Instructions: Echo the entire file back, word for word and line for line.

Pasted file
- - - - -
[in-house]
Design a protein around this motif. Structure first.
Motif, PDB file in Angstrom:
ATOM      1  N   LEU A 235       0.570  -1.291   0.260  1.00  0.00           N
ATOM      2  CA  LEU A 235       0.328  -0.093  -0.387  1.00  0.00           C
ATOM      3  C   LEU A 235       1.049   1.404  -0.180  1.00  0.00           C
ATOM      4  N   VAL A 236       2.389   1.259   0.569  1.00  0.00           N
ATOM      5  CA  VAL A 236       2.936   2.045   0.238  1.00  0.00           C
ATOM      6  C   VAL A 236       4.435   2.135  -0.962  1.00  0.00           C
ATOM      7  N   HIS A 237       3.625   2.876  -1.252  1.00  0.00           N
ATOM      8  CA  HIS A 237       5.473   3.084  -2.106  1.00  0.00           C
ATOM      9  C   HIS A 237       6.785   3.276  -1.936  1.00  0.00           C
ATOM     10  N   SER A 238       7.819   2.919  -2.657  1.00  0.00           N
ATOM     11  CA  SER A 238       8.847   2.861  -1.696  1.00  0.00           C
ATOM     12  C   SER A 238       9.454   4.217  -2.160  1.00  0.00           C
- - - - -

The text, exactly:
[in-house]
Design a protein around this motif. Structure first.
Motif, PDB file in Angstrom:
ATOM      1  N   LEU A 235       0.570  -1.291   0.260  1.00  0.00           N
ATOM      2  CA  LEU A 235       0.328  -0.093  -0.387  1.00  0.00           C
ATOM      3  C   LEU A 235       1.049   1.404  -0.180  1.00  0.00           C
ATOM      4  N   VAL A 236       2.389   1.259   0.569  1.00  0.00           N
ATOM      5  CA  VAL A 236       2.936   2.045   0.238  1.00  0.00           C
ATOM      6  C   VAL A 236       4.435   2.135  -0.962  1.00  0.00           C
ATOM      7  N   HIS A 237       3.625   2.876  -1.252  1.00  0.00           N
ATOM      8  CA  HIS A 237       5.473   3.084  -2.106  1.00  0.00           C
ATOM      9  C   HIS A 237       6.785   3.276  -1.936  1.00  0.00           C
ATOM     10  N   SER A 238       7.819   2.919  -2.657  1.00  0.00           N
ATOM     11  CA  SER A 238       8.847   2.861  -1.696  1.00  0.00           C
ATOM     12  C   SER A 238       9.454   4.217  -2.160  1.00  0.00           C